Why Kyiv has a street named after John McCain

John McCain was an fervent supporter of the Ukrainian people and an ardent critic of Russia.
Miguel Ortiz Avatar
(Ukrainian Presidential Press Service)

John S. McCain III served as a representative and senator from Arizona for over 35 years. He also served 23 years in the Navy, spending nearly six of those years as a prisoner of war in the infamous “Hanoi Hilton.” McCain was the Republican nominee in the 2008 presidential election, losing to Barack Obama. Following his death in 2018, the late senator was honored with a new terminal at Phoenix Sky Harbor International Airport named after him as well as the USS John S. McCain (DDG-56), which also honors his father and grandfather. Surprisingly, a street in central Kyiv, Ukraine, is also named for McCain.

McCain addresses the crowd of protesters in Kyiv’s Independence Square (twitter.com/ChrisMurphyCT)

As a Cold War veteran, it’s doubtful that McCain could conceive having a street in Ukraine bear his name. After all, the country was a Soviet state for most of his life. However, in November 2013, Sen. McCain took an interest in Ukraine with the Euromaidan protests against then-Ukrainian President Viktor Yanukovych and his decision to align the country’s economy with Russia over the EU. In December, McCain braved the civil unrest and made an appearance in Kyiv’s Independence Square, saying,” People of Ukraine, this is your moment.” Yanukovych was removed from office and the uprisings ended in February 2014.

Following Russia’s annexation of Crimea in 2014, McCain became a vocal supporter of supplying weapons to Ukraine’s military. He routinely called Russian President Vladimir Putin a “thug” and “murderer” and criticized Russia’s support to separatist forces in Eastern Ukraine. On the Phoenix radio station KFYI, McCain called for the United States to “treat Vladimir Putin for what he is: a KGB colonel who wants to restore the Russian empire.” As a result, the Russian government officially sanctioned McCain for his opposition in March 2014.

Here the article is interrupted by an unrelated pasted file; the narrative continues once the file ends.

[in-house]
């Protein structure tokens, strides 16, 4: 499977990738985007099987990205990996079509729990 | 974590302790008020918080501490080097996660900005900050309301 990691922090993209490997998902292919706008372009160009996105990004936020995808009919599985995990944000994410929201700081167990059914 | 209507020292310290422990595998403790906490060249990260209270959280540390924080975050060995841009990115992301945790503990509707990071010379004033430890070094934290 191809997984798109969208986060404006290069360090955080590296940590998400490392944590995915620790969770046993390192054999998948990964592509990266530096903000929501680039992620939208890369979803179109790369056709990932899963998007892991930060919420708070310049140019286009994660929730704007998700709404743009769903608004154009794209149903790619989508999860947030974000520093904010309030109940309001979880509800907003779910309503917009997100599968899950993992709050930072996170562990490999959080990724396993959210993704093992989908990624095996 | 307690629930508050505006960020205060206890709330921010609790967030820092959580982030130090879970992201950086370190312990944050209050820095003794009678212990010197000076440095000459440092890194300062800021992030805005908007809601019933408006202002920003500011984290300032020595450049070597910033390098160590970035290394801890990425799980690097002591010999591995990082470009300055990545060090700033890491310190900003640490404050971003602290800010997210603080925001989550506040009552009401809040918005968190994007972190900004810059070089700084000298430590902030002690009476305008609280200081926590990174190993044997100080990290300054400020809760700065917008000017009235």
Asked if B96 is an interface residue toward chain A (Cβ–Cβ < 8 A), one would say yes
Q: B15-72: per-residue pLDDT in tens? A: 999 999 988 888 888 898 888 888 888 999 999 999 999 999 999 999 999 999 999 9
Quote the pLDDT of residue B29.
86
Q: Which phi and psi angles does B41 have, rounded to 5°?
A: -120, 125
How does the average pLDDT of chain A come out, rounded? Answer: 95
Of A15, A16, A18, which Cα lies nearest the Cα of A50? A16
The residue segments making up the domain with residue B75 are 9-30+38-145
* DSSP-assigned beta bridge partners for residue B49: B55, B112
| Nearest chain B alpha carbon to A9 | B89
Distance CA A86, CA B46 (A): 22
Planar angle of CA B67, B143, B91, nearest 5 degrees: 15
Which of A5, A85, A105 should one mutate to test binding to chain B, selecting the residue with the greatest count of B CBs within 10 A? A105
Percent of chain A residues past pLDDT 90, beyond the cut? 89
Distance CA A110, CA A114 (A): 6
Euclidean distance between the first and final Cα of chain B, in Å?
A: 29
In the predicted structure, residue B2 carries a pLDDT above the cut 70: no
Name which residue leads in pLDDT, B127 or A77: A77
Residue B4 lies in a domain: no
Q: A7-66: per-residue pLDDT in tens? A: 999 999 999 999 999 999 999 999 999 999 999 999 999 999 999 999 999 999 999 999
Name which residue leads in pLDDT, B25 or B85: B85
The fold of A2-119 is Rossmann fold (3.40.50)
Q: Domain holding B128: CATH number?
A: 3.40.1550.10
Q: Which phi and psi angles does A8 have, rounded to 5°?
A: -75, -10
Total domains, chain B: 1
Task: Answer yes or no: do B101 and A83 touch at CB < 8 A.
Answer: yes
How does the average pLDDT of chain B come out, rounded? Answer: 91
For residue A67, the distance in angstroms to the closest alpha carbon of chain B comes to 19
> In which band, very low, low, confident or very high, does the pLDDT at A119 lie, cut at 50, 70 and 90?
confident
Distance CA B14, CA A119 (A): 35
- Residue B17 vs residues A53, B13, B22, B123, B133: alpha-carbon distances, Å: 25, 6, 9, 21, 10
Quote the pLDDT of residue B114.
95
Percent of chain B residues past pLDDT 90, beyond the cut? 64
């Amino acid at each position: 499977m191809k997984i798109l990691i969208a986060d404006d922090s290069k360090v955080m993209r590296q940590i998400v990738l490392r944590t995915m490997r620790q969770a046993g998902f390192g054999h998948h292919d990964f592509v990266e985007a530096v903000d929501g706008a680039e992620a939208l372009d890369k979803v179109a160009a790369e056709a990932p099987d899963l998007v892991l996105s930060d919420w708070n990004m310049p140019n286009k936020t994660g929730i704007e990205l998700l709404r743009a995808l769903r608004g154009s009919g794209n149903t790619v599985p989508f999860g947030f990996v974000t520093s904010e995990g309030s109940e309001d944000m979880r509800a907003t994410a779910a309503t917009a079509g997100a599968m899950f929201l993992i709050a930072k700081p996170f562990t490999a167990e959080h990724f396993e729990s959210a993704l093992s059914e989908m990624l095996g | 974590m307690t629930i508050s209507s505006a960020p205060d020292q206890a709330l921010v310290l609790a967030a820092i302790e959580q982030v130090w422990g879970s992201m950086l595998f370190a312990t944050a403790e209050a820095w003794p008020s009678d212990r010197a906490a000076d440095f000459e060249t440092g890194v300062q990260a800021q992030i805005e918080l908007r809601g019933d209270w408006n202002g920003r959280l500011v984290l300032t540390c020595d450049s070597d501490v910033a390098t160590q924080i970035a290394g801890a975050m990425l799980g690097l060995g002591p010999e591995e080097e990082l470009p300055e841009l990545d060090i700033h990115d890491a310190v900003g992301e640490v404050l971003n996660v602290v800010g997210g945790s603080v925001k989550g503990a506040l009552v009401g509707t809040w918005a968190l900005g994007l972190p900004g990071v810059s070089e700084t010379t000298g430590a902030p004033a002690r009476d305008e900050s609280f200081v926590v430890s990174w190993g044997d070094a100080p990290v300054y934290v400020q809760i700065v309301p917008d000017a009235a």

McCain and a bipartisan delegation with Ukrainian Marines at a forward combat outpost, Dec. 31, 2016 (twitter.com/SenJohnMcCain)

In December 2016, McCain returned to Ukraine and met with then-Ukrainian President Petro Poroshenko as well as Ukrainian troops holding the line against pro-Russian forces. “I send the message from the American people – we are with you, your fight is our fight and we will win together,” McCain told Ukrainian reporters during his visit. “To Vladimir Putin – you will never defeat the Ukrainian people and deprive them of their independence and freedom.” This sentiment was echoed by Sen. Lindsey Graham, who joined McCain in Ukraine and called for a stronger stance against Putin.

In December 2017, President Donald Trump made the decision to send FGM-148 Javelin anti-tank missiles to Ukraine; weapons that proved invaluable to the country’s defense in the opening stages of Russia’s 2022 invasion. On Twitter, McCain called this “a strong signal that the United States will stand by its allies and partners as they fight to defend their sovereignty and territorial integrity.”

McCain meets with Poroshenko (twitter.com/SenJohnMcCain)

Despite being a voice of war coming, McCain passed away on August 25, 2018, before Russia’s full-scale invasion of Ukraine. On April 4, 2019, Kyiv City Council voted to rename Ivan Kudrya Street to John McCain Street. Previously honoring a Soviet intelligence agent who served Ukraine against the Nazis during WWII, the street now honors one of the nation’s most vocal American supporters. Today, the street hosts a market that helps to maintain the economy and a sense of normalcy for a country at war.